Sunday, 17 June 2007
Chapter 16: Slaughter: The Farm Murder Plague
SLAUGHTER – THE FARM MURDER PLAGUE
Department of Land Affairs minister Ms. Thoko Didiza’s newest expropriation legislation has become law. Amendments to the Land Restitution Act went ahead, despite objections by several institutions, commercial agriculture and some parties.
“The Act was ratified on November 27, in the absence of the President, notwithstanding expectations that ratification was to be debated early in 2004”, declared Mr. Willie Lewies, Transvaal Agricultural Union South Africa (TAU-SA) vice president. South African property is now subject to expropriation by the government. Some “sweetener” clauses were added to this legislation at the last minute, but the bottom line remains – nobody, least of all a South African farmer, possesses secure property rights.
TAU-SA is planning to oppose this unilateral termination of property rights, and has placed accountability for the economic and security consequences of land invasions and trespassing at the door of the State President, claimed Mr. Lewies. Land invasions, intimidation, arson, stock and crop theft, the vagaries of the weather and the devaluation of farm properties – farmers try to cope with these adversities every day. What has become impossible to bear is the emergence of farm murders and attacks as a terrible fact of daily life in the ANC’s new South Africa.
Since the new South African government came to power in 1994, 1 600 farmers (in excess of 2 000 by 2006) have been murdered, and there have been well in excess of 8 000 farm attacks. Some victims have been horribly tortured, and in many instances, nothing was stolen during the perpetration of the crime. (Since the SA government’s ascendance to power in May 1994, a farm murder has occurred on average once every second day, while there have been on average 77 farm attacks per month).
The pervasiveness of these murders and the Mau Mau-type behaviour of the criminals who commit them has alerted the world to what is happening to commercial agriculture in South Africa, especially in light of the catastrophe which has befallen Zimbabwe. Critical eyes have now been fixed on the South African government’s reaction to these murders, and what the regime proposes to do about them.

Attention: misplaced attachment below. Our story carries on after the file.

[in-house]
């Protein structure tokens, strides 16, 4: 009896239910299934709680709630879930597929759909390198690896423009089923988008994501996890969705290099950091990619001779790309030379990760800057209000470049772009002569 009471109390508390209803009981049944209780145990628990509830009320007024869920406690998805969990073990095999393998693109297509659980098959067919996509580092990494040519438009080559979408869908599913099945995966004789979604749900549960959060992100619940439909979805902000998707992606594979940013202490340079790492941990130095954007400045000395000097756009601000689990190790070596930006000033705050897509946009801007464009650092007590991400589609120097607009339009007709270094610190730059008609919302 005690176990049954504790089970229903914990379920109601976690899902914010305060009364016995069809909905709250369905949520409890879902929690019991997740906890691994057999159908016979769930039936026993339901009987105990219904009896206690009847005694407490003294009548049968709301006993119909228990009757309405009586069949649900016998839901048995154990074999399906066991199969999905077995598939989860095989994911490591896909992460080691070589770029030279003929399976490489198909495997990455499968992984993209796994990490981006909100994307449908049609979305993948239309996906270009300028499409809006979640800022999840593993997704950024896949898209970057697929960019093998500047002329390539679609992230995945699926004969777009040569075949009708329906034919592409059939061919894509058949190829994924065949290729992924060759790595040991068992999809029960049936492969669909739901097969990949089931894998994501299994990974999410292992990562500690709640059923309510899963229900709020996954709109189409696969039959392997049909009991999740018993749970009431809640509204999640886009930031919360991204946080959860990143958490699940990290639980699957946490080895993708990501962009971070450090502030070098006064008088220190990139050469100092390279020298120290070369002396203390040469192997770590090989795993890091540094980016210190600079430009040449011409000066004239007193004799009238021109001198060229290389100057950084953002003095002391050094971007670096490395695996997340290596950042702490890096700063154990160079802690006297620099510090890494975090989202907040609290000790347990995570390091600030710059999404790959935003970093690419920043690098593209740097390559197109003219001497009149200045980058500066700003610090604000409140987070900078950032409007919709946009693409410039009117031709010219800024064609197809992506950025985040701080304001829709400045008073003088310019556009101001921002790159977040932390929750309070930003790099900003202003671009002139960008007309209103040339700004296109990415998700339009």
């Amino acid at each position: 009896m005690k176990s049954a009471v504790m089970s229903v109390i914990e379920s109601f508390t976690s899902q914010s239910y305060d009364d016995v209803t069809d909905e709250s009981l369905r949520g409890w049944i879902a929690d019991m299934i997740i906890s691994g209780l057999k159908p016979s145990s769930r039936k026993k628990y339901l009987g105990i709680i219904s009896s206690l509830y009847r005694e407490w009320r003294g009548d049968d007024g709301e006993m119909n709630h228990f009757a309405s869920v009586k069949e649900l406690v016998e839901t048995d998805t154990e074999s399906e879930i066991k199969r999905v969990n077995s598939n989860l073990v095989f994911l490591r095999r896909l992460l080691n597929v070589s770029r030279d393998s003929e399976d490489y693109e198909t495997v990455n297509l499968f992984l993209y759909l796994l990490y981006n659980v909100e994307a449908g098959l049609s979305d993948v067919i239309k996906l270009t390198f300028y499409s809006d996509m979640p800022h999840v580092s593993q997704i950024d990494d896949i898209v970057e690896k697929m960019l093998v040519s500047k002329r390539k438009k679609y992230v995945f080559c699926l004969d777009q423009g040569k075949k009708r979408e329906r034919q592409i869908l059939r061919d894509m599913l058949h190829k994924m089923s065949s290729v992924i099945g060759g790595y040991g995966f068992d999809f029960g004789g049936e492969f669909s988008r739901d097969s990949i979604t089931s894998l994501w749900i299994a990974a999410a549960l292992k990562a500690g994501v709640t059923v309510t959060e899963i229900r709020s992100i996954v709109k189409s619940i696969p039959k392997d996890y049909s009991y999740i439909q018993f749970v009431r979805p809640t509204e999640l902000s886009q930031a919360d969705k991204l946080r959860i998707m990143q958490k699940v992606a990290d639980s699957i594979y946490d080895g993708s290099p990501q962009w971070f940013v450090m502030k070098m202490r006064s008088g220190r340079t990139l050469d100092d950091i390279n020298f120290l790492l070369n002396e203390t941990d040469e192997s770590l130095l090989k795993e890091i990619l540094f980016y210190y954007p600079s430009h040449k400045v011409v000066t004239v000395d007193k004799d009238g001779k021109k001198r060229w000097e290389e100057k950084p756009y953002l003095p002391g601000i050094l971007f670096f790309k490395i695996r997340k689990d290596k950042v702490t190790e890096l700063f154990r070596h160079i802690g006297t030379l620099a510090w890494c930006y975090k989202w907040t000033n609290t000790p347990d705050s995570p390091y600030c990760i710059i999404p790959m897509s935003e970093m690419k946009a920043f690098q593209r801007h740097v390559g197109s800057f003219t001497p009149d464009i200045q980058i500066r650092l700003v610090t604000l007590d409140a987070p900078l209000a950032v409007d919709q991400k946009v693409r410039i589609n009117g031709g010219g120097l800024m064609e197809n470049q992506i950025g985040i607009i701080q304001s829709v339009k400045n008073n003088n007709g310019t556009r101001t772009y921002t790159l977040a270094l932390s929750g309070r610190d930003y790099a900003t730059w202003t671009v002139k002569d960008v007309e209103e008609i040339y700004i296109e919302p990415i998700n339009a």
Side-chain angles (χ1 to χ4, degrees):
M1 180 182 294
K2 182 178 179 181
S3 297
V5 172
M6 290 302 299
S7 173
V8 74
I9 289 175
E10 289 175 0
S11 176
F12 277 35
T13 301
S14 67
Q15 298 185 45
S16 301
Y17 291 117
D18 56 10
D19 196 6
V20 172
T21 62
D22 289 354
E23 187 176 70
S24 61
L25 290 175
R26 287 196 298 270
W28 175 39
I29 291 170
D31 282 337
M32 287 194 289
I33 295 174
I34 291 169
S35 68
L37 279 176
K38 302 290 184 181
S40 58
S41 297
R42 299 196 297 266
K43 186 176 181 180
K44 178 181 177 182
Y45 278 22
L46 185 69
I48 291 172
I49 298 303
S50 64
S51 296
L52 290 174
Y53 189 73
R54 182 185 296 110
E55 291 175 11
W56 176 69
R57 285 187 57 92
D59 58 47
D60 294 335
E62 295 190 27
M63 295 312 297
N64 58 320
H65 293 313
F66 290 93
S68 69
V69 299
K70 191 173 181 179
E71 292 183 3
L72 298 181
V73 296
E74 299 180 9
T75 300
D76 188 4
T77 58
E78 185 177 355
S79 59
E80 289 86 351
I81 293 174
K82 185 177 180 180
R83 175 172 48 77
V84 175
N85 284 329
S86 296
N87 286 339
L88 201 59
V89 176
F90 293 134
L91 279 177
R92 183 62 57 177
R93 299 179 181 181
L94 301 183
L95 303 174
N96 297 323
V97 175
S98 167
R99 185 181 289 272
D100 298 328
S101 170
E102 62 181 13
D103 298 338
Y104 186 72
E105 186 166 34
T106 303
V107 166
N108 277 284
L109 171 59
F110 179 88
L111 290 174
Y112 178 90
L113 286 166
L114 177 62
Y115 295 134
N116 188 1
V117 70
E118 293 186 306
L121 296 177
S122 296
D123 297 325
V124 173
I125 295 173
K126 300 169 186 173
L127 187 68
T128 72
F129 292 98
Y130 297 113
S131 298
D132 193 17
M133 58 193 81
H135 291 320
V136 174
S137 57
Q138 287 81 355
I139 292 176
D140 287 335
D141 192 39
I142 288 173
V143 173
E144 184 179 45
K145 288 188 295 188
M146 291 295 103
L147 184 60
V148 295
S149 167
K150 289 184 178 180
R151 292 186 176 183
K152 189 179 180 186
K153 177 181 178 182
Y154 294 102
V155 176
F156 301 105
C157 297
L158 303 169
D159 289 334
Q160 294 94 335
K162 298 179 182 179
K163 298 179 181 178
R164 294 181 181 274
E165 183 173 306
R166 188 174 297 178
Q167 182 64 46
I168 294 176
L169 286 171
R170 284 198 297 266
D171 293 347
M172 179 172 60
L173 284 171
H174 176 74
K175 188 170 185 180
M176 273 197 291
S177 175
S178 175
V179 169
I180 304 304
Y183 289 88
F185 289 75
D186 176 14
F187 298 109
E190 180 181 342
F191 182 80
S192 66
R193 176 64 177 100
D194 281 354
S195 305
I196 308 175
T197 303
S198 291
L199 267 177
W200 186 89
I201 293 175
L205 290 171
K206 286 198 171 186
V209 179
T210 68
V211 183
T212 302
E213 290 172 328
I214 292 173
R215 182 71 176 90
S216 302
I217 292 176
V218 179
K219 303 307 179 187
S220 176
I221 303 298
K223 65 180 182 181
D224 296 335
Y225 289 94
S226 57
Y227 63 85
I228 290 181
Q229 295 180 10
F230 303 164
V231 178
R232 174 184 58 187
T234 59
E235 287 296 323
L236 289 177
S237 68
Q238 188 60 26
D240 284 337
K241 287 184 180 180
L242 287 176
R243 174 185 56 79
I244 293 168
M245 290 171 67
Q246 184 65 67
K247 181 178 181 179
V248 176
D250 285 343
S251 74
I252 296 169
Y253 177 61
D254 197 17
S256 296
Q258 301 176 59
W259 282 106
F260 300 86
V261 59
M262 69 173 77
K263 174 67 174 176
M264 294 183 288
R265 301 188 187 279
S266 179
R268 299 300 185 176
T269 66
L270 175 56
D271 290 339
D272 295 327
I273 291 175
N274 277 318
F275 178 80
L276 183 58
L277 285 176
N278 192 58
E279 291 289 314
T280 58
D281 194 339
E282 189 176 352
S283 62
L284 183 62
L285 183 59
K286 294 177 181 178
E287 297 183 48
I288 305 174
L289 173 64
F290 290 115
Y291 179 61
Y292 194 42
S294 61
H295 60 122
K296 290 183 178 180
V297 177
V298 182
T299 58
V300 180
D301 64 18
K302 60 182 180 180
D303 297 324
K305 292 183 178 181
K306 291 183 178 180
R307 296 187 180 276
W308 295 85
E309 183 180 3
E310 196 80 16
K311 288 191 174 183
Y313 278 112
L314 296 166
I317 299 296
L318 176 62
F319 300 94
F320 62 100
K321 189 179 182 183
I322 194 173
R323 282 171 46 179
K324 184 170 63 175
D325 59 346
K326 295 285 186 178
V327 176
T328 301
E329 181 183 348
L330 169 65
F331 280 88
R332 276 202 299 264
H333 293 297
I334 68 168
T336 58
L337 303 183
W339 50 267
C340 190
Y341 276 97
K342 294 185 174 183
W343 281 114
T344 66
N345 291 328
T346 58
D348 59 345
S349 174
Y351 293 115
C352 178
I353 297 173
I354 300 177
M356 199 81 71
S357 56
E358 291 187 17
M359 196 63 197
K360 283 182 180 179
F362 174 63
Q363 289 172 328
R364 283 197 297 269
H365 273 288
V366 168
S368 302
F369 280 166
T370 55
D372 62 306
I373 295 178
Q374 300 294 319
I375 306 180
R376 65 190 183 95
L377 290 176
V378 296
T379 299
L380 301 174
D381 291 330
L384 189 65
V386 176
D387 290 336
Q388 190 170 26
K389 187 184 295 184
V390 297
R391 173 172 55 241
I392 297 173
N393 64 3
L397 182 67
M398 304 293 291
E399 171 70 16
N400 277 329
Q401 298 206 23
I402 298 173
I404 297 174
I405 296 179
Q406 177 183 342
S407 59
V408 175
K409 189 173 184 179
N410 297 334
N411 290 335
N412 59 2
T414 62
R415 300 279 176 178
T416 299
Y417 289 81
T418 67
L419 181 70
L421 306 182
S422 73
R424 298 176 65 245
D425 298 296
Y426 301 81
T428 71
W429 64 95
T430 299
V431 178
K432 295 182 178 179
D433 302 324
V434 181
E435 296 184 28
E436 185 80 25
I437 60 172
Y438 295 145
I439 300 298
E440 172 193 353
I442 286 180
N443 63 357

Not much, it seems. South Africa has become the crime capital of the world. In itself, this is a devastating indictment of the ability of the new SA government to govern. But what is alarming about the farm murder plague is the systematic destruction directed at the very few people who keep over 100 million people in Southern Africa fed. The public outcry about farm murders precipitated the appointment of a commission of enquiry by the government into farm murders, but the commission’s report has been disappointing and frustrating. It has been met with scathing censure in some quarters. Like so many official enquiries in South Africa, this one appears to be something of a whitewash.
It was due for release in August 2003, but was delayed. Apparently two government ministers said they were unhappy with the report, resulting in an outburst of criticism that there would be interference in the final draft. This was denied by the ministers involved. It was claimed the report was referred back to the independent committee, to all intents and purposes thus sullying their independence. Whatever caused the delay, the interpretation of certain facts was disputed. In nearly 90% of the murders, says the report, the motive was robbery. Intimidation was given as the reason for 7,1% of the attacks, while only 2% were attributed to racial motives.
The committee found there was a perception that farmers were rich, and that they had many firearms. The report recommended the government give “urgent attention” to the illegal land invasions which have beset South Africa, as these could have led to farm murders and attacks.
What do we say about farm murders? What have we found throughout South Africa?. It is a fact that most murders are carried out by young black men between the ages of 18 and 30. There is no law and order in the country, an extremely low murder conviction rate (9% as against Japan’s 99%), no jobs for people whom the State President himself describes as “unemployable”, and the belief in many black communities that having a piece of land, even as a subsistence possession, is better than living in a squatter camp.